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Editor's Selection of Poems
Prelude: The Troops

by Siegfried Sassoon

Dim, gradual thinning of the shapeless gloom   
Shudders to drizzling daybreak that reveals   
Disconsolate men who stamp their sodden boots   
And turn dulled, sunken faces to the sky   
Haggard and hopeless. They, who have beaten down  
The stale despair of night, must now renew   
Their desolation in the truce of dawn,   
Murdering the livid hours that grope for peace.   
   
Yet these, who cling to life with stubborn hands,   
Can grin through storms of death and find a gap  
In the clawed, cruel tangles of his defence.   
They march from safety, and the bird-sung joy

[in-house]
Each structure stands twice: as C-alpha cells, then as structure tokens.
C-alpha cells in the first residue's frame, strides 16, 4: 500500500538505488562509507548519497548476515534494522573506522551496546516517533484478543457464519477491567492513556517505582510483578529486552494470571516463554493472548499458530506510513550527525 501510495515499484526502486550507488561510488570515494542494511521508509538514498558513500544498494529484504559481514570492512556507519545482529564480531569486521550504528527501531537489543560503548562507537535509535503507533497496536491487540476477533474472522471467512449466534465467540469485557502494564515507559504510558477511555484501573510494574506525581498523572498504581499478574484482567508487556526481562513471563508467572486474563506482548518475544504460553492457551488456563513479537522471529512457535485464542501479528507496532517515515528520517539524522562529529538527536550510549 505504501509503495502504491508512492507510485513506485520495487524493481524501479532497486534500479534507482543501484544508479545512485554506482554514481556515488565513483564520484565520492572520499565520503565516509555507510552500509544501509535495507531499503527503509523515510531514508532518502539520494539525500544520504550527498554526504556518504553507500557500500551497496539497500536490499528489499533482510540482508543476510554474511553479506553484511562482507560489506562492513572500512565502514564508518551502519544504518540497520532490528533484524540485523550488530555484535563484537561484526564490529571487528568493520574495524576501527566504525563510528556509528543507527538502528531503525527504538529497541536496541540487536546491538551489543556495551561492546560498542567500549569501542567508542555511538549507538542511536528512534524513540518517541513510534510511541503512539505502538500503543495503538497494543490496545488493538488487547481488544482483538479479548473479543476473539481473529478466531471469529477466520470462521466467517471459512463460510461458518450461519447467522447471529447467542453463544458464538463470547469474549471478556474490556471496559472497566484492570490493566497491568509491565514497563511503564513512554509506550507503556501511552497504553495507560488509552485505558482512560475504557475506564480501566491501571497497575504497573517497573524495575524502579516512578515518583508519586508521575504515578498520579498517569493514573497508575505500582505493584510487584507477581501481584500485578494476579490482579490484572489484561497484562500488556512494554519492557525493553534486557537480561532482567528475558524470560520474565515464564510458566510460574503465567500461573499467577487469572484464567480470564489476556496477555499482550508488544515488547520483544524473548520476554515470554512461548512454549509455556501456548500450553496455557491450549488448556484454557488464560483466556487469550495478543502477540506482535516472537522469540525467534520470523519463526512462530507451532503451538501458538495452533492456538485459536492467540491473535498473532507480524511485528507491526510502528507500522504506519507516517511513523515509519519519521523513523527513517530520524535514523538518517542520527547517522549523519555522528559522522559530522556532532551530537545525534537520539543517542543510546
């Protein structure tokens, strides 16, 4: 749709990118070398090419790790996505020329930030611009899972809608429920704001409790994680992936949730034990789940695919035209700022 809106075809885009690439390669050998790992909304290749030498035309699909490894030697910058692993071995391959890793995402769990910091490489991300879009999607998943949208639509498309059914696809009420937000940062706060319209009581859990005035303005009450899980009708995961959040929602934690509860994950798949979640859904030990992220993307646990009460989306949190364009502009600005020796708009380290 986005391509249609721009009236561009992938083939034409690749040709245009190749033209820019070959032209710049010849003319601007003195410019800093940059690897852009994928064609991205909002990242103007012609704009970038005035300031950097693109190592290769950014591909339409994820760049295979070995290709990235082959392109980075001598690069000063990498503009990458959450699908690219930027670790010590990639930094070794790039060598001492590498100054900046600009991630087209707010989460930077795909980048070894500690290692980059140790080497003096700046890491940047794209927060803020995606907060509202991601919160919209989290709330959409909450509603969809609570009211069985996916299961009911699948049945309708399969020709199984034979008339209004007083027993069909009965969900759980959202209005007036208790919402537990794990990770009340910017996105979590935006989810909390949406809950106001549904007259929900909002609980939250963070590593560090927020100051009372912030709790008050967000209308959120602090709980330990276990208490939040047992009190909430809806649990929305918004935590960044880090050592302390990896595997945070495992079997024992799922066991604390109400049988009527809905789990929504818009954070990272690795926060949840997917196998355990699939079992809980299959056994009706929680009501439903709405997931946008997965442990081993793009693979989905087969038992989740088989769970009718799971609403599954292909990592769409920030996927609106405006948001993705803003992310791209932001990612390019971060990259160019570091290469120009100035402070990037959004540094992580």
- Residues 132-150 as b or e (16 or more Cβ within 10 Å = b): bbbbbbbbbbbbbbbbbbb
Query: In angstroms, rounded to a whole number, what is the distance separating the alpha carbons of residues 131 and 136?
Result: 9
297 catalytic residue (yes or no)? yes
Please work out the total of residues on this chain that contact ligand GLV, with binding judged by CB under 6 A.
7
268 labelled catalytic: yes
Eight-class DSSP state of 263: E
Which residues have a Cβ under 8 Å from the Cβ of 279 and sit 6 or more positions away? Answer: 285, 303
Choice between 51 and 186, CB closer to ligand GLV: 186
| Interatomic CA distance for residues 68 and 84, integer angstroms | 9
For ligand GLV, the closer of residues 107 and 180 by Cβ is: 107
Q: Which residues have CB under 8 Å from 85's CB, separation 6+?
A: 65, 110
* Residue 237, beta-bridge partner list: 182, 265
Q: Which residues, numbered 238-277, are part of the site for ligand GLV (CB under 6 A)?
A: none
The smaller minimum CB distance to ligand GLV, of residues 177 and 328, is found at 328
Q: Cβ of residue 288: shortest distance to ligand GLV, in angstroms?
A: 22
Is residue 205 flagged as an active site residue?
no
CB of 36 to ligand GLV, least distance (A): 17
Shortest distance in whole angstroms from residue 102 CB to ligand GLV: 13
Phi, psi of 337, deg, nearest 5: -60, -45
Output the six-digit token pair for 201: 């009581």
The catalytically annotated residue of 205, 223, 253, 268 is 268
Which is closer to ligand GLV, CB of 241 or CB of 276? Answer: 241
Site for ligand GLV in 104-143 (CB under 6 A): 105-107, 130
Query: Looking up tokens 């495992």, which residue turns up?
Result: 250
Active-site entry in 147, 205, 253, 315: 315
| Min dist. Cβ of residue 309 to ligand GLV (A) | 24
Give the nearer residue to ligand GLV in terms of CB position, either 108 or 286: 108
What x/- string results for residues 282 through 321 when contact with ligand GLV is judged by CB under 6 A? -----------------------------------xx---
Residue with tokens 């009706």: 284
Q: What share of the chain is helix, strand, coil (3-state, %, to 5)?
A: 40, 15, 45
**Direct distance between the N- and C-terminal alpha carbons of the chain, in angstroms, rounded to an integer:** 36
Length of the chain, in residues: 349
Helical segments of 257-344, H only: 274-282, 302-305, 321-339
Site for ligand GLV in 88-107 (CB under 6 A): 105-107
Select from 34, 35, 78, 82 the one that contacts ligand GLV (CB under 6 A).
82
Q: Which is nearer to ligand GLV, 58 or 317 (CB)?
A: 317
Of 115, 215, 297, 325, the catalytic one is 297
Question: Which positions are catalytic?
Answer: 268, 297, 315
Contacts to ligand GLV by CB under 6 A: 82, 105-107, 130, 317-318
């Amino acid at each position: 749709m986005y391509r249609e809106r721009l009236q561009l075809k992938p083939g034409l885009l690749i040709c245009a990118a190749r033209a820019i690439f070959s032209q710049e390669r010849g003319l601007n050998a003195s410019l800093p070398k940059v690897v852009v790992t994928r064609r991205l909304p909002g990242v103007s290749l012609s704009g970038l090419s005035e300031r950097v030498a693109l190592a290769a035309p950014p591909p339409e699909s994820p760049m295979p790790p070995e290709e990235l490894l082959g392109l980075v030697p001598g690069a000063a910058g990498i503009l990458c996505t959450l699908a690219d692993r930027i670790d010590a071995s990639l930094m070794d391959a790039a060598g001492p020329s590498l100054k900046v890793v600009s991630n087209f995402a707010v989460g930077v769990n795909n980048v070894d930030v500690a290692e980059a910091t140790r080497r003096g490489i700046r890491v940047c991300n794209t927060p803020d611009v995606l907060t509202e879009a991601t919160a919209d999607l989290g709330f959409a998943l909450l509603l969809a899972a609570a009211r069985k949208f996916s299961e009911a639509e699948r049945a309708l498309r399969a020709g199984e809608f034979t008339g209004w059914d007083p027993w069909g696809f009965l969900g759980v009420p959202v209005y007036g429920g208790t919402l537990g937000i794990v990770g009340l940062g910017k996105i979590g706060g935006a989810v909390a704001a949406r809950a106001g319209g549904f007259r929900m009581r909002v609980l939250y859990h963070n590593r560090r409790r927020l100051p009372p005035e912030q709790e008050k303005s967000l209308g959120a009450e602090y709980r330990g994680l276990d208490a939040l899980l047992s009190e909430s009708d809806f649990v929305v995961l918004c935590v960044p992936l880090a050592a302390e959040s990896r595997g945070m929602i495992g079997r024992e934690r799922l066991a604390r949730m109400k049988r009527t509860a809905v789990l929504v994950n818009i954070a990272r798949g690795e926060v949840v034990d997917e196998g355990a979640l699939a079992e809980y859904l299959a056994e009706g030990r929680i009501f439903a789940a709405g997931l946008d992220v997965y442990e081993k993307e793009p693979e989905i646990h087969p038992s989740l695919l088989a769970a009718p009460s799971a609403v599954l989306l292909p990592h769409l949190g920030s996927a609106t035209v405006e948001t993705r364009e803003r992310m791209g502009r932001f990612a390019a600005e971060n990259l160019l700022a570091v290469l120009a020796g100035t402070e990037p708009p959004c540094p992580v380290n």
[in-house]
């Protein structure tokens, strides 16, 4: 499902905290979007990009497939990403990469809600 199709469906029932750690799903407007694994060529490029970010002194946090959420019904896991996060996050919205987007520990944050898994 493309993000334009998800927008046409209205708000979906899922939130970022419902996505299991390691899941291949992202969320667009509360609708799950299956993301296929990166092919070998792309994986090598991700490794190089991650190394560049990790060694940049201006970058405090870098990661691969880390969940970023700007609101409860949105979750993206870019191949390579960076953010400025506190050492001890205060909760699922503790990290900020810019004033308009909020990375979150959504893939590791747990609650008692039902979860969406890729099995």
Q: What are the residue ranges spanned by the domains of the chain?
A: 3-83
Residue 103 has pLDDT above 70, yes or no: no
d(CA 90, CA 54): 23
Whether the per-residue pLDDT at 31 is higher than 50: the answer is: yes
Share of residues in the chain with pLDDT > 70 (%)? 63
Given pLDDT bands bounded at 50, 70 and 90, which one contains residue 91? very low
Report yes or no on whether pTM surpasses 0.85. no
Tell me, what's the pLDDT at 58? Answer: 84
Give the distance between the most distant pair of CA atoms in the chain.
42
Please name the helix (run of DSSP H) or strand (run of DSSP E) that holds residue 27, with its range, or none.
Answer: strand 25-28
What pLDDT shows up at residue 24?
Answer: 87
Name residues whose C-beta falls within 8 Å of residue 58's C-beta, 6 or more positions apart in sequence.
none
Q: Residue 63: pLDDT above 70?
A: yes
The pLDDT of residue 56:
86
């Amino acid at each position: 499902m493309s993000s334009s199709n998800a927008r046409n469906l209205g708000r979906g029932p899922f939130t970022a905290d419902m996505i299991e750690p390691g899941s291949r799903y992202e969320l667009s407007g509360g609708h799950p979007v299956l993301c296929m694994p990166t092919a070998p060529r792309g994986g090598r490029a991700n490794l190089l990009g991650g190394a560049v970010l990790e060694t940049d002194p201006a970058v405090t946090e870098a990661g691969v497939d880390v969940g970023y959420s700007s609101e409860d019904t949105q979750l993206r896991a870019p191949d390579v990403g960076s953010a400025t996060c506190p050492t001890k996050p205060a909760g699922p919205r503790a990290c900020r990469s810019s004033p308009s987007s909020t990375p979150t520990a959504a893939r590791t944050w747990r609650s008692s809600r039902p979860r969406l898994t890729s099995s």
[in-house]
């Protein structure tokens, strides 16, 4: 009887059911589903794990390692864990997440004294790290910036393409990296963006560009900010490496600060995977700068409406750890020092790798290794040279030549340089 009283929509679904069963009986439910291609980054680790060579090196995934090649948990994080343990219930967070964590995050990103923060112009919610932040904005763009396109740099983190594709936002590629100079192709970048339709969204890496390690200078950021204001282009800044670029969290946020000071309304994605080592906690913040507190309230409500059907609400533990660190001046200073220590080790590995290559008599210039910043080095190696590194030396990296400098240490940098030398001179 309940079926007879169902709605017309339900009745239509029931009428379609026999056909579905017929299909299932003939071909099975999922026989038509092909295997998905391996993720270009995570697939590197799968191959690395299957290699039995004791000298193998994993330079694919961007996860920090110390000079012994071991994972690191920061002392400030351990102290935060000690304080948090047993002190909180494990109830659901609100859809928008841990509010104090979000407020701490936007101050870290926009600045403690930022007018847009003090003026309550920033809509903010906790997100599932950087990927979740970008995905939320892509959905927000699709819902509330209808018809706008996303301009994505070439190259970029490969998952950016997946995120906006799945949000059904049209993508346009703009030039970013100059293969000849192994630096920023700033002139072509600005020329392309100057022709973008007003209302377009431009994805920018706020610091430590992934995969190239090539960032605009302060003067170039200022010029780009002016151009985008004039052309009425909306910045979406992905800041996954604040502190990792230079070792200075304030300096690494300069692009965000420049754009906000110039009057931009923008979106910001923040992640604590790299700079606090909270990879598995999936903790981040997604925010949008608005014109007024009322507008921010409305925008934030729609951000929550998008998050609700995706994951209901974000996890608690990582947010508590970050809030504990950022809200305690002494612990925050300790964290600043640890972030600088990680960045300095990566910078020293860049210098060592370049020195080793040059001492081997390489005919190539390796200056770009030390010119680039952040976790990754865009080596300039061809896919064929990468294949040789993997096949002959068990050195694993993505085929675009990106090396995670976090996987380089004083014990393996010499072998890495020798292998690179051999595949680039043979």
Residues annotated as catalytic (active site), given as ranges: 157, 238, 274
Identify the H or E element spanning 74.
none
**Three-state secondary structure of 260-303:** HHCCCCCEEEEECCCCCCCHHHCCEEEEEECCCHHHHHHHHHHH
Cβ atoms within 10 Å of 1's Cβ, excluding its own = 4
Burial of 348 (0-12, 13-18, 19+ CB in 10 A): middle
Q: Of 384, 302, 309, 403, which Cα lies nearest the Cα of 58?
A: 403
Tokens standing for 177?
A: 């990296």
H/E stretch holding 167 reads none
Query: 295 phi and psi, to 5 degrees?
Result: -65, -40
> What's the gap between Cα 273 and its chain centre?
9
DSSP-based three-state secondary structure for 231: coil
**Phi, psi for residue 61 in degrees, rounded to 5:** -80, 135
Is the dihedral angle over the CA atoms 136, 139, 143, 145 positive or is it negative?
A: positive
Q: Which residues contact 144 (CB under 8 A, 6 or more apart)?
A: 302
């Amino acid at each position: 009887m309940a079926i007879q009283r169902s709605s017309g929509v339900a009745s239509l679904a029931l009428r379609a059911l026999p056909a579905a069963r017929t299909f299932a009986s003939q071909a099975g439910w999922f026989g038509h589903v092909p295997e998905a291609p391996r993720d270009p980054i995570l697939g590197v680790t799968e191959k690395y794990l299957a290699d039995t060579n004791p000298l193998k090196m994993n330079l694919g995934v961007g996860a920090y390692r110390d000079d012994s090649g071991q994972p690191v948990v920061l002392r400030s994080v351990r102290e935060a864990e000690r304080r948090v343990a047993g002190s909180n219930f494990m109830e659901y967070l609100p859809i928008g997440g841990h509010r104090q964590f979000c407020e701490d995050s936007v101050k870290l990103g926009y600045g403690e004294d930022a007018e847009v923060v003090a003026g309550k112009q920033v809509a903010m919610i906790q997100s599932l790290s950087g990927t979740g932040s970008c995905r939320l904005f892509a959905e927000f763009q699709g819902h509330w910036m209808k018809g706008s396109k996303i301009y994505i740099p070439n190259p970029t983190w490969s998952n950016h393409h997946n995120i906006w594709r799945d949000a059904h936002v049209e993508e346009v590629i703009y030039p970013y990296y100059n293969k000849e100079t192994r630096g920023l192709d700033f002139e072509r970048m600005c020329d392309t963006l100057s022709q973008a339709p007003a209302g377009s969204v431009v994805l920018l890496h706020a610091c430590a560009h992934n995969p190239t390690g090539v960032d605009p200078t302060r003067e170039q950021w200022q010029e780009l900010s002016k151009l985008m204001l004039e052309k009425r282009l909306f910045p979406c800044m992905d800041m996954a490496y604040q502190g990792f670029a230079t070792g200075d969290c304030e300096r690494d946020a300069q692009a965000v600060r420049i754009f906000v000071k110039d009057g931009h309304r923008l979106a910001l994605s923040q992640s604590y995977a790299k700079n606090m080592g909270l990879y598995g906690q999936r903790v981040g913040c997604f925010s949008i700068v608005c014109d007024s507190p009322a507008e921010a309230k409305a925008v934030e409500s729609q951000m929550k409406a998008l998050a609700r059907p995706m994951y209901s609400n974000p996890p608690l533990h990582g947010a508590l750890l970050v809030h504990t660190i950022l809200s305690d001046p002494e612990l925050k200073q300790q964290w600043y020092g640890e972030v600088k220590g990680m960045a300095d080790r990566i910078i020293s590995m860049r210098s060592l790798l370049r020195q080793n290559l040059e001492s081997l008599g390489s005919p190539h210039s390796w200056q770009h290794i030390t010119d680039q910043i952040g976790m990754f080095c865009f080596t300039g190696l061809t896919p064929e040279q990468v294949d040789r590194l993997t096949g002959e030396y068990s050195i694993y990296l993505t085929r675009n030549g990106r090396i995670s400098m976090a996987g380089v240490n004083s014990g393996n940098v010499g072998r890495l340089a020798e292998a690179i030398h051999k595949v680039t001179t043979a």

Of grass-green thickets, to the land where all   
Is ruin, and nothing blossoms but the sky   
That hastens over them where they endure   
Sad, smoking, flat horizons, reeking woods,   
And foundered trench-lines volleying doom for doom.   
   
O my brave brown companions, when your souls   
Flock silently away, and the eyeless dead   
Shame the wild beast of battle on the ridge,  
Death will stand grieving in that field of war   
Since your unvanquished hardihood is spent.   
And through some mooned Valhalla there will pass   
Battalions and battalions, scarred from hell;   
The unreturning army that was youth;   
The legions who have suffered and are dust. 
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